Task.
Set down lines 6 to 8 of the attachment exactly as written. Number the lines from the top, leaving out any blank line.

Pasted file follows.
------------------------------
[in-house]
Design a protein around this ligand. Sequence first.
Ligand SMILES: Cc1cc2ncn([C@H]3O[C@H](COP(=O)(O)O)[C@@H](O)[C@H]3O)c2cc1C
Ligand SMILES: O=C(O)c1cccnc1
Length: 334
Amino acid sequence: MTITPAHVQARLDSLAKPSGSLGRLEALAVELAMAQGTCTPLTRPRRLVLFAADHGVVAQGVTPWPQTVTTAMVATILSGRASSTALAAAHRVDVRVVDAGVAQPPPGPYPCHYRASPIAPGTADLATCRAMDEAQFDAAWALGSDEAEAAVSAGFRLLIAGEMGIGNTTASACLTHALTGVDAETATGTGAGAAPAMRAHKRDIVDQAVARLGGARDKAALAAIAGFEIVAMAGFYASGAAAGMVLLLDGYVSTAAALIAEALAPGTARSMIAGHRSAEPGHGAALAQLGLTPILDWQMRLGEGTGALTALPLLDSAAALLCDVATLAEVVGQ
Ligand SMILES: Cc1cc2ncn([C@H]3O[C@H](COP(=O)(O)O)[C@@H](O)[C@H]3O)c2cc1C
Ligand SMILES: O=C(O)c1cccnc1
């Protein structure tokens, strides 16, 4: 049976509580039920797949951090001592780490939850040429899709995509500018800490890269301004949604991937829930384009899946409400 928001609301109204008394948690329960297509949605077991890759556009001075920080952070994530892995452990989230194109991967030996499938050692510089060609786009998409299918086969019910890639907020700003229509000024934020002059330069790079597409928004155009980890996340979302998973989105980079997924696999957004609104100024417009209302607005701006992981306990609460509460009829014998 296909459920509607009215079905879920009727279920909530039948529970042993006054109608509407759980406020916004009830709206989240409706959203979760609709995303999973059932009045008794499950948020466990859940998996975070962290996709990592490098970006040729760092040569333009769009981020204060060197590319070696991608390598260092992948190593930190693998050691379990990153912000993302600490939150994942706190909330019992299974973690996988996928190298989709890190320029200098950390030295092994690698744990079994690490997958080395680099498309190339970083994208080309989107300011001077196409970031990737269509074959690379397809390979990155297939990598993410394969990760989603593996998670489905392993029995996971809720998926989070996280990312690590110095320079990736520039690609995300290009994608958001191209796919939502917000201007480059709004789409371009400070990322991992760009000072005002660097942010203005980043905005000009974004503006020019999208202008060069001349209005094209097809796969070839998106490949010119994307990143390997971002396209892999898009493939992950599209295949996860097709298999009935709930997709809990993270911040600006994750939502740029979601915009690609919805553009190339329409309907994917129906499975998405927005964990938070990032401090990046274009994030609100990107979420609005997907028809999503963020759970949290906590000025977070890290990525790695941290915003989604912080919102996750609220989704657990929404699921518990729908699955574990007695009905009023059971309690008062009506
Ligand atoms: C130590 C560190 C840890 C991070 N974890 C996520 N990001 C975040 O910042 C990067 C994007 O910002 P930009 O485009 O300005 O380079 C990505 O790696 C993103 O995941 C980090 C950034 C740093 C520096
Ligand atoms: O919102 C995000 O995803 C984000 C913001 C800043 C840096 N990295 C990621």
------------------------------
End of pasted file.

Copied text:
Amino acid sequence: MTITPAHVQARLDSLAKPSGSLGRLEALAVELAMAQGTCTPLTRPRRLVLFAADHGVVAQGVTPWPQTVTTAMVATILSGRASSTALAAAHRVDVRVVDAGVAQPPPGPYPCHYRASPIAPGTADLATCRAMDEAQFDAAWALGSDEAEAAVSAGFRLLIAGEMGIGNTTASACLTHALTGVDAETATGTGAGAAPAMRAHKRDIVDQAVARLGGARDKAALAAIAGFEIVAMAGFYASGAAAGMVLLLDGYVSTAAALIAEALAPGTARSMIAGHRSAEPGHGAALAQLGLTPILDWQMRLGEGTGALTALPLLDSAAALLCDVATLAEVVGQ
Ligand SMILES: Cc1cc2ncn([C@H]3O[C@H](COP(=O)(O)O)[C@@H](O)[C@H]3O)c2cc1C
Ligand SMILES: O=C(O)c1cccnc1